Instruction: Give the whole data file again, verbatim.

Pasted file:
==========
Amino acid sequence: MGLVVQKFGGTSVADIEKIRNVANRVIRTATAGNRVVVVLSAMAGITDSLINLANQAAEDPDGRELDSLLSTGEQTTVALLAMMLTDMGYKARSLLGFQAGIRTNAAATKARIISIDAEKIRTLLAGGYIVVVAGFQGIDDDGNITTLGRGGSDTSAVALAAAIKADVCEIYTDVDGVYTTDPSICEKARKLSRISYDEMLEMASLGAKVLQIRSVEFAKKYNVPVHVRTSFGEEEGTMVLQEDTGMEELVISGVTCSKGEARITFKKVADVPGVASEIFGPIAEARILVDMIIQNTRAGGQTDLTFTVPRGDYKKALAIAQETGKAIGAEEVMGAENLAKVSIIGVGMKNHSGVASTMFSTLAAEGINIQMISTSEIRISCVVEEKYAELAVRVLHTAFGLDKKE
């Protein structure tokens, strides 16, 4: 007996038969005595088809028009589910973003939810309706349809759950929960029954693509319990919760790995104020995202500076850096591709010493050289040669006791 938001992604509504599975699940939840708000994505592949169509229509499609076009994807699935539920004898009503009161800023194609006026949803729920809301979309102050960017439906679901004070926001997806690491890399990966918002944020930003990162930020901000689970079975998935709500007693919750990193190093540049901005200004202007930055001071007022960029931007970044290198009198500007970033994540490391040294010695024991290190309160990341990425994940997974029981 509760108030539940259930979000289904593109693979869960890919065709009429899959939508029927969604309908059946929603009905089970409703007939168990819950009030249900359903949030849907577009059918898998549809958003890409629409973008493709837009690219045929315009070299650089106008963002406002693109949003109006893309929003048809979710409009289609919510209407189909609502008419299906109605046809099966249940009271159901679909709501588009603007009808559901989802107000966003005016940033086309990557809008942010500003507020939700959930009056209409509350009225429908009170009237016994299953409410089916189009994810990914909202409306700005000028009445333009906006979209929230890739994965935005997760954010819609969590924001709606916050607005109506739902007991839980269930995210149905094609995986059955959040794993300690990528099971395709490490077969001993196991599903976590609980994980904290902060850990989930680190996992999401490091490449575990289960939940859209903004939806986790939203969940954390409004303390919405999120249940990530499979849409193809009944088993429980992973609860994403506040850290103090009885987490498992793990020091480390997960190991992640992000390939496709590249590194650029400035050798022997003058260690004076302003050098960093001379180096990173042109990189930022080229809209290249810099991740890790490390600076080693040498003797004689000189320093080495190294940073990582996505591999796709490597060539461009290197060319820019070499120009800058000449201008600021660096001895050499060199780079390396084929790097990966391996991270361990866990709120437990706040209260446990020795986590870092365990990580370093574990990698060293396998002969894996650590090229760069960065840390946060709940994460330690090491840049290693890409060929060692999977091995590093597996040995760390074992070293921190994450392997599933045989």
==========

Amino acid sequence: MGLVVQKFGGTSVADIEKIRNVANRVIRTATAGNRVVVVLSAMAGITDSLINLANQAAEDPDGRELDSLLSTGEQTTVALLAMMLTDMGYKARSLLGFQAGIRTNAAATKARIISIDAEKIRTLLAGGYIVVVAGFQGIDDDGNITTLGRGGSDTSAVALAAAIKADVCEIYTDVDGVYTTDPSICEKARKLSRISYDEMLEMASLGAKVLQIRSVEFAKKYNVPVHVRTSFGEEEGTMVLQEDTGMEELVISGVTCSKGEARITFKKVADVPGVASEIFGPIAEARILVDMIIQNTRAGGQTDLTFTVPRGDYKKALAIAQETGKAIGAEEVMGAENLAKVSIIGVGMKNHSGVASTMFSTLAAEGINIQMISTSEIRISCVVEEKYAELAVRVLHTAFGLDKKE
């Protein structure tokens, strides 16, 4: 007996038969005595088809028009589910973003939810309706349809759950929960029954693509319990919760790995104020995202500076850096591709010493050289040669006791 938001992604509504599975699940939840708000994505592949169509229509499609076009994807699935539920004898009503009161800023194609006026949803729920809301979309102050960017439906679901004070926001997806690491890399990966918002944020930003990162930020901000689970079975998935709500007693919750990193190093540049901005200004202007930055001071007022960029931007970044290198009198500007970033994540490391040294010695024991290190309160990341990425994940997974029981 509760108030539940259930979000289904593109693979869960890919065709009429899959939508029927969604309908059946929603009905089970409703007939168990819950009030249900359903949030849907577009059918898998549809958003890409629409973008493709837009690219045929315009070299650089106008963002406002693109949003109006893309929003048809979710409009289609919510209407189909609502008419299906109605046809099966249940009271159901679909709501588009603007009808559901989802107000966003005016940033086309990557809008942010500003507020939700959930009056209409509350009225429908009170009237016994299953409410089916189009994810990914909202409306700005000028009445333009906006979209929230890739994965935005997760954010819609969590924001709606916050607005109506739902007991839980269930995210149905094609995986059955959040794993300690990528099971395709490490077969001993196991599903976590609980994980904290902060850990989930680190996992999401490091490449575990289960939940859209903004939806986790939203969940954390409004303390919405999120249940990530499979849409193809009944088993429980992973609860994403506040850290103090009885987490498992793990020091480390997960190991992640992000390939496709590249590194650029400035050798022997003058260690004076302003050098960093001379180096990173042109990189930022080229809209290249810099991740890790490390600076080693040498003797004689000189320093080495190294940073990582996505591999796709490597060539461009290197060319820019070499120009800058000449201008600021660096001895050499060199780079390396084929790097990966391996991270361990866990709120437990706040209260446990020795986590870092365990990580370093574990990698060293396998002969894996650590090229760069960065840390946060709940994460330690090491840049290693890409060929060692999977091995590093597996040995760390074992070293921190994450392997599933045989």